It is no secret that we think trees are amazing. There are multiple reasons why – they help to store massive amounts of carbon dioxide and create oxygen, purify groundwater, and because they provide a livelihood for people across the world. (Including us, thanks Trees!) They are major contributors to health and wellness across the planet. This is why it’s important that logging industries and human development don’t go too far in removing our primary forests without helping to create a balance. As of now, 30% of Earth’s landmass is covered by forests and while the rate of deforestation has slowed in the last decade, since 1990 the global forest area has decreased by 178 million hectares. 

If this continues, not only will the people depending on the forestry industry be out of jobs but the climate-balancing biodiversity that forests provide will be at stake, driving the unfortunate consequences of climate change. Several solutions are in place to help replenish our forests. We ourselves at and Coast to Coast Reforestation plant millions of tree seedlings every year in an effort to counteract deforestation. However, one of the more interesting solutions to deforestation is the ancient Japanese technique known as Daisugi that aims to provide an efficient and sustainable approach to forestry. 

What is Daisugi?

Japan’s historical and elegant style of architecture created a need for the practice, as many of their homes and buildings of prominence required a lot of wood to create, and at that time they were already facing a lack of flat land and seedlings in order to keep up with production. Believed to have been brought about between the 14th and 15th centuries, Daisugi is a practice very similar to coppicing in the way that it manipulates the trees’ ability to create new shoots from their stump or roots if cut down. Daisugi, which translates roughly to ‘platform cedar,’ is the act of growing additional trees out of an existing one through careful control and pruning, much like one would with the creation of a bonsai tree.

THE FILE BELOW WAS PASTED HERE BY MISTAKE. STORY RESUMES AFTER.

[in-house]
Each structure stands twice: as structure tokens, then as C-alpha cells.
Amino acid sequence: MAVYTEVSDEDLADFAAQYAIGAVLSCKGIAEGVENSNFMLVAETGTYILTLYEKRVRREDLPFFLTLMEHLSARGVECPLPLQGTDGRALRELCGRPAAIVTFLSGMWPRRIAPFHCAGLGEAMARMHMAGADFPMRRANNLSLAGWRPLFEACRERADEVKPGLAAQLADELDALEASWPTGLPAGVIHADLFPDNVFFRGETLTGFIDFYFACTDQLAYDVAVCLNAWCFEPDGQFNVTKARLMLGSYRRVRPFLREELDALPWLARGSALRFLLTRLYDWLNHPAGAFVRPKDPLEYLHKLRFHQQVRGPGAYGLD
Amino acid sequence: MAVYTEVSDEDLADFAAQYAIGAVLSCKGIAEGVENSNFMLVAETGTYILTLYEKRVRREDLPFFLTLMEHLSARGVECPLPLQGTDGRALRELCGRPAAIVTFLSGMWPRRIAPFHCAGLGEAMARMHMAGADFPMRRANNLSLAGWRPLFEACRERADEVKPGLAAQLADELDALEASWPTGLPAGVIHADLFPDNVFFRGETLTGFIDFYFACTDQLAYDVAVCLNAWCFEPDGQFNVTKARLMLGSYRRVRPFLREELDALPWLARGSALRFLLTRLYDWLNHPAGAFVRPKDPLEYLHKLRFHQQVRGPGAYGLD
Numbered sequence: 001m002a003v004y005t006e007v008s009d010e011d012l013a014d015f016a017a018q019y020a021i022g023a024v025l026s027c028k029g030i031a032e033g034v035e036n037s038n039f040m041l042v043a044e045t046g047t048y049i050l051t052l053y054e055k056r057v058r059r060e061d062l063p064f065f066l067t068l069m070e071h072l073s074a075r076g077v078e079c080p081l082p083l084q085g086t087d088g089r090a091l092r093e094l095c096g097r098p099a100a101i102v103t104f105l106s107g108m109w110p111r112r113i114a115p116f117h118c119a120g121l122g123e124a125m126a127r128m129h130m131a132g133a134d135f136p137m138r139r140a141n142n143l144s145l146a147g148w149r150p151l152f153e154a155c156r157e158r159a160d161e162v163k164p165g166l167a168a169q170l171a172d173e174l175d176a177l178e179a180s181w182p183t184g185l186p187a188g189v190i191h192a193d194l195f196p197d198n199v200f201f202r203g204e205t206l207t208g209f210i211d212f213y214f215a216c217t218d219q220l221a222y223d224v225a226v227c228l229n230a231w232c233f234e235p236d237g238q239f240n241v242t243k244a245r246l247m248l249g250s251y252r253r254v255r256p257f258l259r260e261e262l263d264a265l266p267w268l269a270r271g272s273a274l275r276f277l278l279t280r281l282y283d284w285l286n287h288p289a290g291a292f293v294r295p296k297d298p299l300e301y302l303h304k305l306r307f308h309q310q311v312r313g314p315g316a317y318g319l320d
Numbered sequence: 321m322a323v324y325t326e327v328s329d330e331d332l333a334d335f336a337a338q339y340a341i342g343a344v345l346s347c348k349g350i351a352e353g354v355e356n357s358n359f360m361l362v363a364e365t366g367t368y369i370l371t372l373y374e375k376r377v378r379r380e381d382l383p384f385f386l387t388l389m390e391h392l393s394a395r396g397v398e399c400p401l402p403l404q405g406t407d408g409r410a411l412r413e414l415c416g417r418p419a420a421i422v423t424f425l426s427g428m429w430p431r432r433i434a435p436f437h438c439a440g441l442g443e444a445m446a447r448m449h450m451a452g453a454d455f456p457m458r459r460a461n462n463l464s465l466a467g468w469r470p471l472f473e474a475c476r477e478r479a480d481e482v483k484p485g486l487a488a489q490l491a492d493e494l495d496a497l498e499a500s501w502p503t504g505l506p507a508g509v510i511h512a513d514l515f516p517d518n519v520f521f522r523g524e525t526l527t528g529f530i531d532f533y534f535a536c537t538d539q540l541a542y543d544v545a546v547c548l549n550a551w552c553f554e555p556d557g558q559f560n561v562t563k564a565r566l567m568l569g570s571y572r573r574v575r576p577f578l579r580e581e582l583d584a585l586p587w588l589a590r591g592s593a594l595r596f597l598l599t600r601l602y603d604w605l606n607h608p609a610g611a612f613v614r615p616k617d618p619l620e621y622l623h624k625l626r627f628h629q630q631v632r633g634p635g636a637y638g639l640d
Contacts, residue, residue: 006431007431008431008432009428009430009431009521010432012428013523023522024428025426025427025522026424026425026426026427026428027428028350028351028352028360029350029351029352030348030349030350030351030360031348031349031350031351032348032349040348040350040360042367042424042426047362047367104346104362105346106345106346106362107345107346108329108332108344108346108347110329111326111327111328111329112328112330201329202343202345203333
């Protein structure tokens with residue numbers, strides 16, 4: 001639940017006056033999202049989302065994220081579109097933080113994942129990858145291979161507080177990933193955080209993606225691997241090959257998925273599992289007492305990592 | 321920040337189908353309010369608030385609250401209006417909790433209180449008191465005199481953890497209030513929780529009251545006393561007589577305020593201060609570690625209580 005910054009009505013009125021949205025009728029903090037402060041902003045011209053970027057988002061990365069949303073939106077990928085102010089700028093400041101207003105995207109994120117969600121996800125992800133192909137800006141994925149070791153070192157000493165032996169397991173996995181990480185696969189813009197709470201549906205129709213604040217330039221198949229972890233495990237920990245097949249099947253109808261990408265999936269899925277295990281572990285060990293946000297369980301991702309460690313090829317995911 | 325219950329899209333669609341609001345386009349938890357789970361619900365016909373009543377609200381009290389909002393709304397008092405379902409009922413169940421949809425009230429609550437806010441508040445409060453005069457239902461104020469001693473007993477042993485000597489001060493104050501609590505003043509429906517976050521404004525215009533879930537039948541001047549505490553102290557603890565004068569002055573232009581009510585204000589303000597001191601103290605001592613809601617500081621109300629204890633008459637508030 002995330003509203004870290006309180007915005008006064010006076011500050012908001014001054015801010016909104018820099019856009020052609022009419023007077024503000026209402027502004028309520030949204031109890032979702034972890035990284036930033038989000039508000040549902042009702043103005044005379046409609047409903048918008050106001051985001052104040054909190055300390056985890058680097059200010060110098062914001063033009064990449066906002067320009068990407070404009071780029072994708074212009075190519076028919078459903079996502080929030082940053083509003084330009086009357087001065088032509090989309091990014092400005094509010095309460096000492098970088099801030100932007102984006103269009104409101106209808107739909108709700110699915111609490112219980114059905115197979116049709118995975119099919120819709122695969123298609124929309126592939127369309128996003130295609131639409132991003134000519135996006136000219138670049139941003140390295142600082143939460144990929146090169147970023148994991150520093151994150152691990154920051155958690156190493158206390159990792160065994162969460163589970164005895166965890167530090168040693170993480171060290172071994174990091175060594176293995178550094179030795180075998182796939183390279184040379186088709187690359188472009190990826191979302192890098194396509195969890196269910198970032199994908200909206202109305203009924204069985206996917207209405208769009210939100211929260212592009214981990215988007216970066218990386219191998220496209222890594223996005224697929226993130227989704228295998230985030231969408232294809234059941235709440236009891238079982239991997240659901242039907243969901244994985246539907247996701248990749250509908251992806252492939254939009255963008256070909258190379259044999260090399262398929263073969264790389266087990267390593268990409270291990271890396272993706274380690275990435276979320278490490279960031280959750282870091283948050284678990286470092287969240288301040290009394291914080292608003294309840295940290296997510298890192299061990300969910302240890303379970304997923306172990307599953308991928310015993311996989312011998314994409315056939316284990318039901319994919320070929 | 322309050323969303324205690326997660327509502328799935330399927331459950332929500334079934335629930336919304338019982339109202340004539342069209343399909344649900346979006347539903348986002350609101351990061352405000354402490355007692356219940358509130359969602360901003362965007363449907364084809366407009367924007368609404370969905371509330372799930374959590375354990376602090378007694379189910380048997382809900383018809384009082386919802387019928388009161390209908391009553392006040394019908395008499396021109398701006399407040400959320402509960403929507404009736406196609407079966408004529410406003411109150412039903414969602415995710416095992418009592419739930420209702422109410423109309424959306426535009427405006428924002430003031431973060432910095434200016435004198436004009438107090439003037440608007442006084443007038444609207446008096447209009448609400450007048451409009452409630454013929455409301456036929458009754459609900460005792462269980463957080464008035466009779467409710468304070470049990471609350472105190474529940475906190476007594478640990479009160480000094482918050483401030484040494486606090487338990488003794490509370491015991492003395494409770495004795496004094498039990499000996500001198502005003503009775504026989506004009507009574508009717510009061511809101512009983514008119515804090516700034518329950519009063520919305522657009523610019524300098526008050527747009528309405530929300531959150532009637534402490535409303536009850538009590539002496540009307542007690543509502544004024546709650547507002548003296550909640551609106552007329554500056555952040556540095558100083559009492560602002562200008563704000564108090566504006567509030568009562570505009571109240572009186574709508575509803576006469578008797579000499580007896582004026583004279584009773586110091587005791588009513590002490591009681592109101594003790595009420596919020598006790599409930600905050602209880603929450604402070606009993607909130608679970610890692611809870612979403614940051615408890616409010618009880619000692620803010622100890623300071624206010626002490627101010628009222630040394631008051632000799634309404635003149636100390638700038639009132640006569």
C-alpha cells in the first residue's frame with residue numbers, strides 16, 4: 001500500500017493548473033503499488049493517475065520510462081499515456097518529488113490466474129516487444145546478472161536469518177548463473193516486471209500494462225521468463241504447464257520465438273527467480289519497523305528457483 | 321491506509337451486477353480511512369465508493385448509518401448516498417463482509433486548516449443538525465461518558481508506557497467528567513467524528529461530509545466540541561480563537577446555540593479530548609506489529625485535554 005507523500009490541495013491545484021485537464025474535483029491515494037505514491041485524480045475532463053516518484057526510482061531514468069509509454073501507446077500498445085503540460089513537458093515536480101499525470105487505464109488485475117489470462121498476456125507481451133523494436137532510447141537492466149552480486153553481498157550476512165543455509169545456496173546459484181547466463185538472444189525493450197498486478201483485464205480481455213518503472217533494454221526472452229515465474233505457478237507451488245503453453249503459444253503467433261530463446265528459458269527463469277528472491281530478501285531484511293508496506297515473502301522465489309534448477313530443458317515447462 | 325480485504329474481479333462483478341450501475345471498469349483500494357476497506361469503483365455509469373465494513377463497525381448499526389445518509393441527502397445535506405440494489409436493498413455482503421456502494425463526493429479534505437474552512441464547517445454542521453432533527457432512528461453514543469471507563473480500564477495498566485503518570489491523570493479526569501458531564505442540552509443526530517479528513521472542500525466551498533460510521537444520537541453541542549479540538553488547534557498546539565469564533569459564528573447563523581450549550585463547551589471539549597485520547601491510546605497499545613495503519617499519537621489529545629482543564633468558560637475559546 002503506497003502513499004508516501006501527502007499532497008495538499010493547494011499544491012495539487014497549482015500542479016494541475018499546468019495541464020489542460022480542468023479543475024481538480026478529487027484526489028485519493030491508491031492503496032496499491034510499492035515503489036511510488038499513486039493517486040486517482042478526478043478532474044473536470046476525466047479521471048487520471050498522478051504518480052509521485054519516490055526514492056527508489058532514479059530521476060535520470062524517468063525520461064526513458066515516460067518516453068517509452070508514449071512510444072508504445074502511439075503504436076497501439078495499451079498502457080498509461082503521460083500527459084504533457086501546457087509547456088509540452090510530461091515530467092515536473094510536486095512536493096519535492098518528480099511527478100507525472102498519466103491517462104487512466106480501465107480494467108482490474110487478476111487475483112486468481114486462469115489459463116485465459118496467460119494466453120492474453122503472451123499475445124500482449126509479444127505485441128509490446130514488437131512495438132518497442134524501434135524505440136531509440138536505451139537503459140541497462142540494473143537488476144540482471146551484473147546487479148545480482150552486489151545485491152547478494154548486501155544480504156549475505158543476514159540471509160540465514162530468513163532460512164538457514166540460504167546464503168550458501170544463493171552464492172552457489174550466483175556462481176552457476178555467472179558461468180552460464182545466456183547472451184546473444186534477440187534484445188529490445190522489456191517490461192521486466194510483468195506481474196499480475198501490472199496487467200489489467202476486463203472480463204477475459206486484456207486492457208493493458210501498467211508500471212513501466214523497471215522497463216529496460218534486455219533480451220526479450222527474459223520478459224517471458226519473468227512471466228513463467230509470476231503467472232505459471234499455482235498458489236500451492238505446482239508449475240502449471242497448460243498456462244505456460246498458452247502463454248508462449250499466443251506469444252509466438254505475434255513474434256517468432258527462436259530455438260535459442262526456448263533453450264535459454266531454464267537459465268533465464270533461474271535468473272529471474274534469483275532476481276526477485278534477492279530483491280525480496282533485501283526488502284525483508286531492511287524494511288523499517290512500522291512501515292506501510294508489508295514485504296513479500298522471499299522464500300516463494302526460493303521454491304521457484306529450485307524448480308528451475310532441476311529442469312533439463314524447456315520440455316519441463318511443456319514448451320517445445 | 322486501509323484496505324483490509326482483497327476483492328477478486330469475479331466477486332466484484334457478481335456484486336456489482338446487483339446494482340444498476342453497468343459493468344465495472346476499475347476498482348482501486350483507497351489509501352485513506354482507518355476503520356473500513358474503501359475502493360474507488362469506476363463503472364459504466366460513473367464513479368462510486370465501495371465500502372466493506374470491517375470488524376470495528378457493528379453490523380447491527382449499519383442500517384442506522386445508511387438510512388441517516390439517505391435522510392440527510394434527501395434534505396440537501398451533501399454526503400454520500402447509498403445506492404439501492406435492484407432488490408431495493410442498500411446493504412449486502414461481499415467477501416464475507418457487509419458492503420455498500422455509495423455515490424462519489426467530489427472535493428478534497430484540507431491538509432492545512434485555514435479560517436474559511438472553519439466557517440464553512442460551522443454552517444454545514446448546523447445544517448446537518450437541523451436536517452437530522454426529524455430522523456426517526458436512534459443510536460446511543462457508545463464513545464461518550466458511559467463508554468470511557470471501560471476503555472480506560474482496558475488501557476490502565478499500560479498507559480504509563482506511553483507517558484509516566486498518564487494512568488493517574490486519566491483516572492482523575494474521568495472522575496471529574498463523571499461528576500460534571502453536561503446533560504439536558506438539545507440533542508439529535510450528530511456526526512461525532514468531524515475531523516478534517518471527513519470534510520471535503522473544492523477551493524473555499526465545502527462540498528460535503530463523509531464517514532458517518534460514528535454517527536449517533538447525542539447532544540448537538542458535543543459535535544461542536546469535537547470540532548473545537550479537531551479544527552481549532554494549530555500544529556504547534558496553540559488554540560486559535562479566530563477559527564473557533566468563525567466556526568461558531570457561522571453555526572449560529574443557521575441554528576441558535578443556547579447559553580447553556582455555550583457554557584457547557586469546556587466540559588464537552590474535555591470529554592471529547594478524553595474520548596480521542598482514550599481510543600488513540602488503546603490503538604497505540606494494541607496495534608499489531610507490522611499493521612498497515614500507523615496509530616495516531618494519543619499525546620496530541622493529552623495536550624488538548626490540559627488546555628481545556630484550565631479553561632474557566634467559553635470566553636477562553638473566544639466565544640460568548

The shoots are carefully pruned by hand every 2-4 years to ensure that they stay knot-free and they only leave the top boughs, which allows them to grow straight. Harvesting takes around 20 years and the base of the original tree can grow up to 100 shoots at a time.  

The final result is slender cedar (Kitayama Cedar is commonly used) that is not only flexible but dense, making it a great choice for roof timber and building rafters. With harvesting every 20 years, it is a faster method when compared to others. The cedar has reportedly been known to be up to 140% as flexible as standard cedar and 200% as strong. Even though its ideal usage is in regards to building, the wood is used from everything from chopsticks to furniture. You can see why there’s a reason it’s still a popular practice 600 years later!